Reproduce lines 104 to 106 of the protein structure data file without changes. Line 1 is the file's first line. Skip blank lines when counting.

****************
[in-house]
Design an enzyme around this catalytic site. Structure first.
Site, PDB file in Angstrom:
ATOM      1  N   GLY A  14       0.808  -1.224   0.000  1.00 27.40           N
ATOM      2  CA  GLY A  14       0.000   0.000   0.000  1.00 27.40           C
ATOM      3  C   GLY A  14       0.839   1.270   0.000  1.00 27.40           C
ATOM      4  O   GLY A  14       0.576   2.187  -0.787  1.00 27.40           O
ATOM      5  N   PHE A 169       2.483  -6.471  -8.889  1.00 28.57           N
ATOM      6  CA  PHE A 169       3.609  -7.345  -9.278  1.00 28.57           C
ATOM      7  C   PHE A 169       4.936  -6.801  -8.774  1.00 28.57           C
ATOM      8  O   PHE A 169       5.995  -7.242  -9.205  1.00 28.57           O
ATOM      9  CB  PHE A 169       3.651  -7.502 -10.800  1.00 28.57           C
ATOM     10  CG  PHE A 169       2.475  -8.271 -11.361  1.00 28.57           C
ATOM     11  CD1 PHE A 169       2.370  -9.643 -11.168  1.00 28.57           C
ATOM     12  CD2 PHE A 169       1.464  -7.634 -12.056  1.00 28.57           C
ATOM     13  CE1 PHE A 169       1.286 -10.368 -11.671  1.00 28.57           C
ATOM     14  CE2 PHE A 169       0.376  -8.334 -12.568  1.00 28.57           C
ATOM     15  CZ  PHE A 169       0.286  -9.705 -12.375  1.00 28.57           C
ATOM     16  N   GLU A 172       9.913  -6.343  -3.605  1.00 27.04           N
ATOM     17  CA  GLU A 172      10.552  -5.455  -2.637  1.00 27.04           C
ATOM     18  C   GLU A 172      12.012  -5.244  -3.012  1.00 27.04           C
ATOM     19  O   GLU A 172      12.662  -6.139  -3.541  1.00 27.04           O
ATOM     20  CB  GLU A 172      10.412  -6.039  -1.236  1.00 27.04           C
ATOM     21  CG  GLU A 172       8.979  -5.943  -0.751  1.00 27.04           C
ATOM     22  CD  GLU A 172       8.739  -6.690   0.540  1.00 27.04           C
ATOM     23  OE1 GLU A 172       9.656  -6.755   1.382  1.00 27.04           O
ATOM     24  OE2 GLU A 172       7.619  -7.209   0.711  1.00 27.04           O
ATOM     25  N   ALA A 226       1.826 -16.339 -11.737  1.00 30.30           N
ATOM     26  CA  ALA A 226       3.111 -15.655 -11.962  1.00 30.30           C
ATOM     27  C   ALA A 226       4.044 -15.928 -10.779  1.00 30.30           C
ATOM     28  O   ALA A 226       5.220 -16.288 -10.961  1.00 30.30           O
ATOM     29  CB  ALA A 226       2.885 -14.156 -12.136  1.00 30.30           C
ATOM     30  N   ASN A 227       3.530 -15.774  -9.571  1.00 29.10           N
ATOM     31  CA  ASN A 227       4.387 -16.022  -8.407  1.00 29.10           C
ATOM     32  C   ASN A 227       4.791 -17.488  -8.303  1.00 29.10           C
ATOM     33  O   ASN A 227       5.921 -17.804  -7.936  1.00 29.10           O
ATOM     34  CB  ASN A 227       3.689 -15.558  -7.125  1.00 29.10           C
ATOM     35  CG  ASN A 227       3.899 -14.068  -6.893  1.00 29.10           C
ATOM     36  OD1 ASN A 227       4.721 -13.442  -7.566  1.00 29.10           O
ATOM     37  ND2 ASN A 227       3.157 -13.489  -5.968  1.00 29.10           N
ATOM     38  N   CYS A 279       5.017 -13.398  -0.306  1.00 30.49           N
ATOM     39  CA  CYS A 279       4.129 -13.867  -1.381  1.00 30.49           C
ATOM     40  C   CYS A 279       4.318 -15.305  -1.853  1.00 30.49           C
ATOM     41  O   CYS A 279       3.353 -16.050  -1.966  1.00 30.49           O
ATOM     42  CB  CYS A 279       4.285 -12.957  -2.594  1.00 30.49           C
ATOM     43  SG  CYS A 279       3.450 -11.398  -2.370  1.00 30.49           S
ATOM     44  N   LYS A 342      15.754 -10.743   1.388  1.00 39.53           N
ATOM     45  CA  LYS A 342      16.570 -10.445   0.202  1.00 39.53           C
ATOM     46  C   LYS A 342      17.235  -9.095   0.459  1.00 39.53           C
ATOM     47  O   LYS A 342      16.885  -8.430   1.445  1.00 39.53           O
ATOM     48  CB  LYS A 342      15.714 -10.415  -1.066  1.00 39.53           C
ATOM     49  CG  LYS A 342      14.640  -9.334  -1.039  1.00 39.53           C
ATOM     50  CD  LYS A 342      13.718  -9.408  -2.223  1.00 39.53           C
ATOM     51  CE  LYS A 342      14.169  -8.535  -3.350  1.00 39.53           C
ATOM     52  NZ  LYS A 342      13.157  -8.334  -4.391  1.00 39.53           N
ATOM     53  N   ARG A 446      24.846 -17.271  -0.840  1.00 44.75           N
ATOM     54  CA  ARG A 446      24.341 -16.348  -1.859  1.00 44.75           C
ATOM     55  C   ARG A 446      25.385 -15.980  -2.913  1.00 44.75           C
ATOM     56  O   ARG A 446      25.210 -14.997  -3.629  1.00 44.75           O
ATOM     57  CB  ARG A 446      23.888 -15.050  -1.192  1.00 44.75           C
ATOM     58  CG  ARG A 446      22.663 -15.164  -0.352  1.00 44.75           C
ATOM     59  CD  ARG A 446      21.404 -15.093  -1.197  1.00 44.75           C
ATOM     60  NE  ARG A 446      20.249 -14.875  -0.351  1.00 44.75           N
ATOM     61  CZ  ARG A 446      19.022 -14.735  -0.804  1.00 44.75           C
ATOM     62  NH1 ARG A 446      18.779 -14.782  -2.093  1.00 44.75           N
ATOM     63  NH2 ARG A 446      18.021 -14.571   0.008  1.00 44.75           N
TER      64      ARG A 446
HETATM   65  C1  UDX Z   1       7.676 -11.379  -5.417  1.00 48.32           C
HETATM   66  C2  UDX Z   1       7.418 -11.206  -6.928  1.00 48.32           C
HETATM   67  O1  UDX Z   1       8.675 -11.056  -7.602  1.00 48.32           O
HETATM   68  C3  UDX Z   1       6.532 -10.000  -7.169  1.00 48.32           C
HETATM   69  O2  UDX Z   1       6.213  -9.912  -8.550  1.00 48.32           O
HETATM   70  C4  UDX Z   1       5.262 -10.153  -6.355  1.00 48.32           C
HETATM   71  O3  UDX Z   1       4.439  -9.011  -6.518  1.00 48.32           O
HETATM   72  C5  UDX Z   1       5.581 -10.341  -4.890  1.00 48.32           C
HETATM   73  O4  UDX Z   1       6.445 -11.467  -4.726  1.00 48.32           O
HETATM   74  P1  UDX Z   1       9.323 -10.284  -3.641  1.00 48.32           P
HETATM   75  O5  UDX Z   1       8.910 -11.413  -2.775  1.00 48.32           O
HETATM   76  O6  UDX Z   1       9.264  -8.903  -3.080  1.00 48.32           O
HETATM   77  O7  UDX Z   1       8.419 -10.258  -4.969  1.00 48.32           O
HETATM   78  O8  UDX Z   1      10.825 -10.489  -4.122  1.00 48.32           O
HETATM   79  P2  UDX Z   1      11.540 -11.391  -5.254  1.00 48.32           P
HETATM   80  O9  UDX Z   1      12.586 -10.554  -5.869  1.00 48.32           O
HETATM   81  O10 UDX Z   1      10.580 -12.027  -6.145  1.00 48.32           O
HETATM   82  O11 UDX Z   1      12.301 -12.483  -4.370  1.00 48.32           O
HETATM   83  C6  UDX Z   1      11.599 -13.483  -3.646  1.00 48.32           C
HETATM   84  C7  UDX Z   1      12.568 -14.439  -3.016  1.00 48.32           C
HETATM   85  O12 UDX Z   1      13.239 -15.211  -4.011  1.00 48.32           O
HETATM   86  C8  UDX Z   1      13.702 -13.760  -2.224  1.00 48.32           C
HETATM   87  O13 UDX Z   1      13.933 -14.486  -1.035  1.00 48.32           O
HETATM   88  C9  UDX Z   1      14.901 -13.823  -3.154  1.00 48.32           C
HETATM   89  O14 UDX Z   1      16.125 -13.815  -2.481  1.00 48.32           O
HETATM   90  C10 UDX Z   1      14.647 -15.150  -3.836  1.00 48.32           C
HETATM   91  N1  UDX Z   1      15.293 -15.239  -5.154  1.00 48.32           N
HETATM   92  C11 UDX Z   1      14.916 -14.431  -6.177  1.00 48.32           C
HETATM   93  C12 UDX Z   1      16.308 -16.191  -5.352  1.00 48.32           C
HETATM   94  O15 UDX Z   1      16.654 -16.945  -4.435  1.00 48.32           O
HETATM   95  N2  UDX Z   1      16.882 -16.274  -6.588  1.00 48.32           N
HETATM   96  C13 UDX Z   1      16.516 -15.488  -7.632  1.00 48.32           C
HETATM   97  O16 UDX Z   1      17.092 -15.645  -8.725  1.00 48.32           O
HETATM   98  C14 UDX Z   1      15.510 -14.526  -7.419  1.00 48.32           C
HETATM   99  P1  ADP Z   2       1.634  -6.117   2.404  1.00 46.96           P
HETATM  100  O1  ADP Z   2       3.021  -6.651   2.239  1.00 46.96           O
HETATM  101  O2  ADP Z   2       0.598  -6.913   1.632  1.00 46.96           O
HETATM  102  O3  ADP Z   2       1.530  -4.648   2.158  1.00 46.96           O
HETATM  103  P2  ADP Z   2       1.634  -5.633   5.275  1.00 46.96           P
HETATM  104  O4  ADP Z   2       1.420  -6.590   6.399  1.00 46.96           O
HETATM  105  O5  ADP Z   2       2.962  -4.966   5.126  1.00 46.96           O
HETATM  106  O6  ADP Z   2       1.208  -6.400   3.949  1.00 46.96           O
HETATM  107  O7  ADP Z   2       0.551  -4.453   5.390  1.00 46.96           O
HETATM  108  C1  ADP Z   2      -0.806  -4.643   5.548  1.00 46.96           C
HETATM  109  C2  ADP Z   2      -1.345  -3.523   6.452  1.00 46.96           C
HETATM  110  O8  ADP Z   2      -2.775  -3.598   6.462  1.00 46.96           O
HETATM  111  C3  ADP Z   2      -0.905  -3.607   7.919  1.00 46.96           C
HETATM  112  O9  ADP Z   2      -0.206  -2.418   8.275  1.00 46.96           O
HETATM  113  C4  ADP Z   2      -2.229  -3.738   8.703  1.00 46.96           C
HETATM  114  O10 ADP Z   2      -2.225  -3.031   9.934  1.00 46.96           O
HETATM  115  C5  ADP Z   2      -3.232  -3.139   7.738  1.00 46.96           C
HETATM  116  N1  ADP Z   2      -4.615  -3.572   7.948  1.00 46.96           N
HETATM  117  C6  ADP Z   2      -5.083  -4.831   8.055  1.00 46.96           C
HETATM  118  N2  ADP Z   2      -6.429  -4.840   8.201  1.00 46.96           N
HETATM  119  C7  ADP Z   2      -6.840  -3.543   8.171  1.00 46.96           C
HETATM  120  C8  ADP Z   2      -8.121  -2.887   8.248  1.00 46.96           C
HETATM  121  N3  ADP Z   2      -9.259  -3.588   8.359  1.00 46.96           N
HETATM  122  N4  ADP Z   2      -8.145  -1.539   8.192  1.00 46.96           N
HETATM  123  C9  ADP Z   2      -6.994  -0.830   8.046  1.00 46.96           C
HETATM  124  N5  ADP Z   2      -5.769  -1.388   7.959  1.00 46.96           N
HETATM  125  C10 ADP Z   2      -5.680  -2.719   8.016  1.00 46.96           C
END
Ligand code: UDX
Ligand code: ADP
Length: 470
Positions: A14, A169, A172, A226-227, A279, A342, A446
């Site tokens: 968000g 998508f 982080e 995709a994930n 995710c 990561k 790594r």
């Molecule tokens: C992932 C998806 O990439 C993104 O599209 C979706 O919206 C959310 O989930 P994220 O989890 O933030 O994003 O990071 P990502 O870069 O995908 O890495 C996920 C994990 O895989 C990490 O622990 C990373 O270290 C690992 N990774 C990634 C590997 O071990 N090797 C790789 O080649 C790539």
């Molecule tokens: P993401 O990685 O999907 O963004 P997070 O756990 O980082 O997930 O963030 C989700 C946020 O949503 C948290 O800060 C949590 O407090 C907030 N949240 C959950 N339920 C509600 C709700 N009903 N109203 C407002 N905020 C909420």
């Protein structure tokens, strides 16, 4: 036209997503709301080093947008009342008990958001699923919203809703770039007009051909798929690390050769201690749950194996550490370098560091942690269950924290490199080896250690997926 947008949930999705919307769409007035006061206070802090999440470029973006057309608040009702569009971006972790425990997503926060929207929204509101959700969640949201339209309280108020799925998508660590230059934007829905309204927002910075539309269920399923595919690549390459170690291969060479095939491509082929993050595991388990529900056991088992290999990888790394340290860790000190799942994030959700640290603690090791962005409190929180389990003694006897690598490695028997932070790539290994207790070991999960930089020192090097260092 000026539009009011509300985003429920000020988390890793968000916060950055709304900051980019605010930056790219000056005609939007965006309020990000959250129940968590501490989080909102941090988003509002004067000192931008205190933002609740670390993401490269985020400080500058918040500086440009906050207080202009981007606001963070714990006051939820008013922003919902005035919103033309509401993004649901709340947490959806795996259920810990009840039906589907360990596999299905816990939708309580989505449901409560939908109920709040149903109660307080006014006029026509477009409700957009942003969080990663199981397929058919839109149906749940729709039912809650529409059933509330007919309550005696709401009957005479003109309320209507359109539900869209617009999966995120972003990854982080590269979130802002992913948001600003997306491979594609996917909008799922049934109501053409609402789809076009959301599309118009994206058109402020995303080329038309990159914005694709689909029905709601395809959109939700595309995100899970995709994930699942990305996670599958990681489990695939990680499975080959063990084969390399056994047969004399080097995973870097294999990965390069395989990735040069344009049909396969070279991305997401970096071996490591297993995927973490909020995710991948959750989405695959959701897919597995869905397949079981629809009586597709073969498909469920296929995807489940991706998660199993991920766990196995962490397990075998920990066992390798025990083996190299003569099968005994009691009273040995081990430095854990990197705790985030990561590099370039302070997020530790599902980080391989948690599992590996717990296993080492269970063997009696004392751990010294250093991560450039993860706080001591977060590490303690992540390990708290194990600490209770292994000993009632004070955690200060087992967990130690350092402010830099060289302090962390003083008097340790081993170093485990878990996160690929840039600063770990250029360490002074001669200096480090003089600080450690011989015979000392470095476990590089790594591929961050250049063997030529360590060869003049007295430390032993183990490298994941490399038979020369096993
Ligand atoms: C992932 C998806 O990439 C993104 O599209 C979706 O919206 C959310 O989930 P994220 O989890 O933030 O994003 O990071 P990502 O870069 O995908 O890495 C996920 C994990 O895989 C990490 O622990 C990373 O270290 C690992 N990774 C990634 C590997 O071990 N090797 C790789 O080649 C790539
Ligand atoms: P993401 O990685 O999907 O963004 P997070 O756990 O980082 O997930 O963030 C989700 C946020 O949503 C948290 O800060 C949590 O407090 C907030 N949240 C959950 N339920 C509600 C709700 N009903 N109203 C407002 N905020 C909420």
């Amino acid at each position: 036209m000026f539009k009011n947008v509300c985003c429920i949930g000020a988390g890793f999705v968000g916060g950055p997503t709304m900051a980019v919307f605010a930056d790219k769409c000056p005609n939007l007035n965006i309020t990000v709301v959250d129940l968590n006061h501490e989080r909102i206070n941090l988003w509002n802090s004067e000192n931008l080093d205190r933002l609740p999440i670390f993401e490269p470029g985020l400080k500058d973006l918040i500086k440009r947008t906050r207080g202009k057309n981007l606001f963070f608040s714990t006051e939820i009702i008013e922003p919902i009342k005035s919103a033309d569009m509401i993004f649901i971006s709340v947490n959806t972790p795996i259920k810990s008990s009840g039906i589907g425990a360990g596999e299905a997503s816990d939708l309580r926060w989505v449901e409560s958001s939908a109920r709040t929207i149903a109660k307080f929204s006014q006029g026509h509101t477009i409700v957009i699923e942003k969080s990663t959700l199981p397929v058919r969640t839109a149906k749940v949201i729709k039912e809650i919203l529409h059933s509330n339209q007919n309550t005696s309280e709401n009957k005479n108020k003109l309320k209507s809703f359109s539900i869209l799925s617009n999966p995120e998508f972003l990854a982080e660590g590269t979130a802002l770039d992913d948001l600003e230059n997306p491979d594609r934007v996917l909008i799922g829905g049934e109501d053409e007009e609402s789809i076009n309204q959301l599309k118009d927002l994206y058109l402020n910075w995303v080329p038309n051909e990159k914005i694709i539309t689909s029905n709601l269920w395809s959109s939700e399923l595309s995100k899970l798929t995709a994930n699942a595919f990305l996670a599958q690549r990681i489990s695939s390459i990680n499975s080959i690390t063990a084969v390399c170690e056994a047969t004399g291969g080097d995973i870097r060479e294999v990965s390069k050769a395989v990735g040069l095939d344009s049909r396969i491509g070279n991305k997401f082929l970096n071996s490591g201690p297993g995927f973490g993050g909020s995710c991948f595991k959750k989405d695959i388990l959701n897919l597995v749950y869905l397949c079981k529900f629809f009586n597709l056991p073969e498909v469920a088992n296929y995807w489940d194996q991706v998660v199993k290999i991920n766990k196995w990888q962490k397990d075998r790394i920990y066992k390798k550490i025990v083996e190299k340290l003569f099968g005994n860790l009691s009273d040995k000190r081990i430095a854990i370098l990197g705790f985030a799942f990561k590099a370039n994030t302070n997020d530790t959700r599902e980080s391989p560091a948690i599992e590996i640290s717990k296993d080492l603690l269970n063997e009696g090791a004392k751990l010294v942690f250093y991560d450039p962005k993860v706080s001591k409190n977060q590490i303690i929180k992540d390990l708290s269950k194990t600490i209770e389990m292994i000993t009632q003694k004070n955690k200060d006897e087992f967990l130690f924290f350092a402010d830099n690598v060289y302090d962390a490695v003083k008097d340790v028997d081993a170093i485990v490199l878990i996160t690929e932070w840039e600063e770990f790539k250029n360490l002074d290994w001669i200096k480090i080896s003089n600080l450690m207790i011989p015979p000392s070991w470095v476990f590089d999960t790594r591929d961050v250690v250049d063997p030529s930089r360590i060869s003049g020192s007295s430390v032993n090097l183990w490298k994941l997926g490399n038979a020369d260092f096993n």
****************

HETATM  101  O2  ADP Z   2       0.598  -6.913   1.632  1.00 46.96           O
HETATM  102  O3  ADP Z   2       1.530  -4.648   2.158  1.00 46.96           O
HETATM  103  P2  ADP Z   2       1.634  -5.633   5.275  1.00 46.96           P